Acts 1989, No. 137, §18, eff. Sept. 1, 1989; Acts 2001, No. 128, §17, eff. July 1, 2001; Acts 2006, No. 498, §1; Acts 2013, No. 339, §2; Acts 2016, No. 132, §1.
Art. 3396.9. Interdict or unemancipated minor
A. If a successor whose concurrence is required is an unemancipated minor, the concurrence may be made on his behalf by the administrator of his estate or his natural tutor, as appropriate, without the need for a formal tutorship proceeding or concurrence of an undertutor.
B. If a successor whose concurrence is required is an interdict, the concurrence may be made on his behalf by the curator without the need for court authorization in the interdiction proceeding or concurrence of the undercurator.
Acts 2001, No. 974, §1; Acts 2016, No. 86, §2.
CHAPTER 2. INJUNCTION
Art. 3601. Injunction, grounds for issuance; preliminary injunction; temporary restraining order
A. An injunction shall be issued in cases where irreparable injury, loss, or damage may otherwise result to the applicant, or in other cases specifically provided by law; provided, however, that no court shall have jurisdiction to issue, or cause to be issued, any temporary restraining order, preliminary injunction, or permanent injunction against any state department, board, or agency, or any officer, administrator, or head thereof, or any officer of the state of Louisiana in any suit involving the expenditure of public funds under any statute or law of this state to compel the expenditure of state funds when the director of such department, board, or agency or the governor shall certify that the expenditure of such funds would have the effect of creating a deficit in the funds of said agency or be in violation of the requirements placed upon the expenditure of such funds by the legislature.
B. No court shall issue a temporary restraining order in cases where the issuance shall stay or enjoin the enforcement of a child support order when the Department of Children and Family Services is providing services, except for good cause shown by written reasons made a part of the record.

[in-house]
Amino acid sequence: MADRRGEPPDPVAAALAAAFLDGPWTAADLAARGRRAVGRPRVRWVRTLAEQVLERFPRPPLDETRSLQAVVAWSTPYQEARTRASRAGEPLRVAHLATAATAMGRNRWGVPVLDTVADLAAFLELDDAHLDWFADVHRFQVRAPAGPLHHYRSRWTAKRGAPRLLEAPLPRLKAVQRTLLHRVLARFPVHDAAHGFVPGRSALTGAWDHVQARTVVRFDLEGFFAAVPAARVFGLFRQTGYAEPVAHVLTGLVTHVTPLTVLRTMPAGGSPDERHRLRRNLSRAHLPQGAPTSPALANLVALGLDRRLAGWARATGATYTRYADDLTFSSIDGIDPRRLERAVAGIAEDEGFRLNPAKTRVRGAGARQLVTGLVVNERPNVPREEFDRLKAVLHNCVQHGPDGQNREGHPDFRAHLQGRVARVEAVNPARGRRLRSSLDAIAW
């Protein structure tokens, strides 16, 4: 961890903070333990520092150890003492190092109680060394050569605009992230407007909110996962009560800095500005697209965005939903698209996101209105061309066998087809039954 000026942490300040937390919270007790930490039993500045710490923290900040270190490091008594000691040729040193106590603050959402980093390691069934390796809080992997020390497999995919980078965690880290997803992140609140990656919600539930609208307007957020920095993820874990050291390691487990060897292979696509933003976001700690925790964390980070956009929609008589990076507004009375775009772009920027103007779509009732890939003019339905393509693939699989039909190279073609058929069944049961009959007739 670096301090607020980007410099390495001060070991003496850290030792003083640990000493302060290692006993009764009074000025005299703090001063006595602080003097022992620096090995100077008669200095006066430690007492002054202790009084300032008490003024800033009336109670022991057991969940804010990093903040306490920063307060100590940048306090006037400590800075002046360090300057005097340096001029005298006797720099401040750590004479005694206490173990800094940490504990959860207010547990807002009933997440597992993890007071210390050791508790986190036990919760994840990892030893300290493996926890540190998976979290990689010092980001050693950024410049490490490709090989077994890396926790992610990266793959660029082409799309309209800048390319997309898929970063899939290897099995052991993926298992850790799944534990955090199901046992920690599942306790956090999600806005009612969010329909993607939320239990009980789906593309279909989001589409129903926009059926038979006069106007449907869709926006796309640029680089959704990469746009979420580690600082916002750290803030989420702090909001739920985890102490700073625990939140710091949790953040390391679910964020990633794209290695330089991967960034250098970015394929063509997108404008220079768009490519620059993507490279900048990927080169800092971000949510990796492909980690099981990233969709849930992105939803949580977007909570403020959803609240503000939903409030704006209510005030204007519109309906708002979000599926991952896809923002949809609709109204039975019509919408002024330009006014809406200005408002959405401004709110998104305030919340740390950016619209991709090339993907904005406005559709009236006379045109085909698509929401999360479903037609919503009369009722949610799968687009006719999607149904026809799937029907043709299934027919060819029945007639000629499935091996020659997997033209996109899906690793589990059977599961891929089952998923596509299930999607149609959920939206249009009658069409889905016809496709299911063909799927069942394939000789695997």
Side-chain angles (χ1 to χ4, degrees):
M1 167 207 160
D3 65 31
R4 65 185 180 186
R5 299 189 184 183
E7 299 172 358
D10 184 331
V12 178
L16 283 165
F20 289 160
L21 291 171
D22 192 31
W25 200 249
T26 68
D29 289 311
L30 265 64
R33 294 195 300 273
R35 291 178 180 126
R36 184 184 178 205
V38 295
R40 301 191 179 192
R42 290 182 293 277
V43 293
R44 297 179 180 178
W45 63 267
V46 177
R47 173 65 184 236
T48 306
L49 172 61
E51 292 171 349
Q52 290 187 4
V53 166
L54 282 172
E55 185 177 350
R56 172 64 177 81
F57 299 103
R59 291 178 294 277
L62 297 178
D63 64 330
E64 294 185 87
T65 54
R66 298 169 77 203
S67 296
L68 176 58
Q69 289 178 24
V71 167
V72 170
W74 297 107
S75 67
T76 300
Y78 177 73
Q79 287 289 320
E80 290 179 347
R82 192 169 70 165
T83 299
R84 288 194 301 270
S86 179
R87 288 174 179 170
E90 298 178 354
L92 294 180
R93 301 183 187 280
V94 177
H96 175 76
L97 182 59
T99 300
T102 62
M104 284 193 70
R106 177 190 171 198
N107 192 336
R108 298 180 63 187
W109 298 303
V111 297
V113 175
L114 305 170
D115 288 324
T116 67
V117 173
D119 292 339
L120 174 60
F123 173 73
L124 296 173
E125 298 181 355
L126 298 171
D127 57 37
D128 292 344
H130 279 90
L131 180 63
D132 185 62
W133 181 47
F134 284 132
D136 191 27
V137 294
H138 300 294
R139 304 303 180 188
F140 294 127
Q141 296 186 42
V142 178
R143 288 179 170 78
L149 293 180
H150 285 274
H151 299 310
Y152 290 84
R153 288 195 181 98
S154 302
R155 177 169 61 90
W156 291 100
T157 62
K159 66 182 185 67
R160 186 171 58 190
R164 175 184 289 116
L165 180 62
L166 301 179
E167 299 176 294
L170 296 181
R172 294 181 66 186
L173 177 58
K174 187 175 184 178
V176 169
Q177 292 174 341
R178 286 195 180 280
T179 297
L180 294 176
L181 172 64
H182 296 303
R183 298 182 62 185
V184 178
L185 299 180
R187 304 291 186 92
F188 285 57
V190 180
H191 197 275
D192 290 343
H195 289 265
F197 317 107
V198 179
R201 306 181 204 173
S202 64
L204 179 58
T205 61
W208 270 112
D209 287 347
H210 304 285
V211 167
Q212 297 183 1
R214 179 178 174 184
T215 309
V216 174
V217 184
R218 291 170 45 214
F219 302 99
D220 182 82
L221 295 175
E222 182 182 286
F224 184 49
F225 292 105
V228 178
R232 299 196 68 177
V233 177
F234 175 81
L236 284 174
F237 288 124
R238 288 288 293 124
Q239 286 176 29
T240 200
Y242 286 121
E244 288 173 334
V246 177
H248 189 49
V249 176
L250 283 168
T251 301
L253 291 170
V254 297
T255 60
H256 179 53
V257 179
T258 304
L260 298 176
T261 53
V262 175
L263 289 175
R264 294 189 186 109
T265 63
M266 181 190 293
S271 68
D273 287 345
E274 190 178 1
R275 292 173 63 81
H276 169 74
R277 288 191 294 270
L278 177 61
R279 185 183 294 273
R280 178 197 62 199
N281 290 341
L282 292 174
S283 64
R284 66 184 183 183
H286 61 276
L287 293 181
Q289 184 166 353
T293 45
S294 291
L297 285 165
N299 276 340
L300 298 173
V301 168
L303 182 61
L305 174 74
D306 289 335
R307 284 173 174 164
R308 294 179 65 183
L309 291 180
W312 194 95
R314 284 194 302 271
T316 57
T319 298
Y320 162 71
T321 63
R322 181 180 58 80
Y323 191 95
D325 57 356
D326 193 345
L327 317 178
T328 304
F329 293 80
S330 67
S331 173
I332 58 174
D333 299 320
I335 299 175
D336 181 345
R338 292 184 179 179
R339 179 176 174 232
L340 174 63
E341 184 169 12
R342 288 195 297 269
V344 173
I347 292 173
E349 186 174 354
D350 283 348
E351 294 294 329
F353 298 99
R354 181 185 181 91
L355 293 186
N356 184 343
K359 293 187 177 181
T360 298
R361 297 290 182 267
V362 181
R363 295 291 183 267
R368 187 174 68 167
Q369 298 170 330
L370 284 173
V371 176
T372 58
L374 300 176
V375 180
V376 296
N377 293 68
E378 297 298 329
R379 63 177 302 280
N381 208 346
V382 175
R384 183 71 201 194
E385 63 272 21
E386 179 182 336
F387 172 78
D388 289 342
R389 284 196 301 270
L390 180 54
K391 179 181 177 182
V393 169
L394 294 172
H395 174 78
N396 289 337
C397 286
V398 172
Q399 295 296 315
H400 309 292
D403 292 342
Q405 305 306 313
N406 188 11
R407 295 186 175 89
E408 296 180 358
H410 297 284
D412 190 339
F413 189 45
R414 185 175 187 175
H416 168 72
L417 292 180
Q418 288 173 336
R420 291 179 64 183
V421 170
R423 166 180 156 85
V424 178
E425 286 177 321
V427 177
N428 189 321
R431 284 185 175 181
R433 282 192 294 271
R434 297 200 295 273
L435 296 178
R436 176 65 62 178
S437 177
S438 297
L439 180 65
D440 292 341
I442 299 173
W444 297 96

C. During the pendency of an action for an injunction the court may issue a temporary restraining order, a preliminary injunction, or both, except in cases where prohibited, in accordance with the provisions of this Chapter.
D. Except as otherwise provided by law, an application for injunctive relief shall be by petition.
E. The irreparable injury, loss, or damage enumerated in Paragraph A of this Article may result from the isolation of an individual over the age of eighteen years by any other individual, curator, or mandatary, including but not limited to violations of Civil Code Article 2995 or Code of Civil Procedure Article 4566(J).
Amended by Acts 1969, No. 34, §2; Acts 2004, No. 765, §1, eff. July 6, 2004; Acts 2016, No. 110, §2, eff. May 19, 2016.
Art. 4551. Judgment
A. In the judgment of interdiction, the court shall:
(1) Appoint a curator.
(2) Appoint an undercurator, unless an undercurator is not required by law.
(3) State that the powers of the curator commence only upon qualification.
(4) Direct the clerk of court to record the judgment in the conveyance and mortgage records of the parish where it was rendered.
(5) Set forth the name, domicile, age, and current address of the defendant.
B. In addition, a judgment of limited interdiction shall confer upon the limited curator only those powers necessitated by the interests of the limited interdict to be protected through limited interdiction and shall state that the limited interdict retains the capacity of a natural person except as expressly limited by the judgment.
C. In addition, a judgment granting or extending temporary or preliminary interdiction shall set forth the date of termination.
Acts 2000, 1st Ex. Sess., No. 25, §3, eff. July 1, 2001; Acts 2016, No. 122, §1.
Art. 4556. Ancillary interdiction procedure